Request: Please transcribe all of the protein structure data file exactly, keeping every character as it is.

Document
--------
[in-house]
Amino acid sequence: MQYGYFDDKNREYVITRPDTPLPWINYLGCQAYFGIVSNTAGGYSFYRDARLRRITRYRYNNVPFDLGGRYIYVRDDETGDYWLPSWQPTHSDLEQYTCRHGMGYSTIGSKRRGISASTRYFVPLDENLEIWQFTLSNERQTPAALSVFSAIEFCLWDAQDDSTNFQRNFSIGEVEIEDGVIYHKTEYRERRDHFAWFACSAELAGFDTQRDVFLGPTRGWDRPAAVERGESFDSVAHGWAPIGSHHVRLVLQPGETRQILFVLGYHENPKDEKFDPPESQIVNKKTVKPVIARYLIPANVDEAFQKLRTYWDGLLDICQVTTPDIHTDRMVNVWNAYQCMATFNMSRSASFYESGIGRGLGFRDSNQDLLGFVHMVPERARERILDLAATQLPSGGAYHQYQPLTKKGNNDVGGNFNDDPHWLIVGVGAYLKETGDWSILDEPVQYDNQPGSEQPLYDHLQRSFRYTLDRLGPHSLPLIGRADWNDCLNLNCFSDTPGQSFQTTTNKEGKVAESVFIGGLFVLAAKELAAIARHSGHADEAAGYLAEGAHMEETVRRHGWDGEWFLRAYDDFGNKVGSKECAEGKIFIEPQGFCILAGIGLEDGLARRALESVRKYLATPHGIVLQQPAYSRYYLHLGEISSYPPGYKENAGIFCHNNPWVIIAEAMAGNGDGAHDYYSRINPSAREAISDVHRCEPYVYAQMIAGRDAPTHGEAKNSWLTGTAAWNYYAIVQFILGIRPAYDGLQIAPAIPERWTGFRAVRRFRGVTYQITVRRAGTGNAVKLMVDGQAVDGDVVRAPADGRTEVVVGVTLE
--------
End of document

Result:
[in-house]
Amino acid sequence: MQYGYFDDKNREYVITRPDTPLPWINYLGCQAYFGIVSNTAGGYSFYRDARLRRITRYRYNNVPFDLGGRYIYVRDDETGDYWLPSWQPTHSDLEQYTCRHGMGYSTIGSKRRGISASTRYFVPLDENLEIWQFTLSNERQTPAALSVFSAIEFCLWDAQDDSTNFQRNFSIGEVEIEDGVIYHKTEYRERRDHFAWFACSAELAGFDTQRDVFLGPTRGWDRPAAVERGESFDSVAHGWAPIGSHHVRLVLQPGETRQILFVLGYHENPKDEKFDPPESQIVNKKTVKPVIARYLIPANVDEAFQKLRTYWDGLLDICQVTTPDIHTDRMVNVWNAYQCMATFNMSRSASFYESGIGRGLGFRDSNQDLLGFVHMVPERARERILDLAATQLPSGGAYHQYQPLTKKGNNDVGGNFNDDPHWLIVGVGAYLKETGDWSILDEPVQYDNQPGSEQPLYDHLQRSFRYTLDRLGPHSLPLIGRADWNDCLNLNCFSDTPGQSFQTTTNKEGKVAESVFIGGLFVLAAKELAAIARHSGHADEAAGYLAEGAHMEETVRRHGWDGEWFLRAYDDFGNKVGSKECAEGKIFIEPQGFCILAGIGLEDGLARRALESVRKYLATPHGIVLQQPAYSRYYLHLGEISSYPPGYKENAGIFCHNNPWVIIAEAMAGNGDGAHDYYSRINPSAREAISDVHRCEPYVYAQMIAGRDAPTHGEAKNSWLTGTAAWNYYAIVQFILGIRPAYDGLQIAPAIPERWTGFRAVRRFRGVTYQITVRRAGTGNAVKLMVDGQAVDGDVVRAPADGRTEVVVGVTLE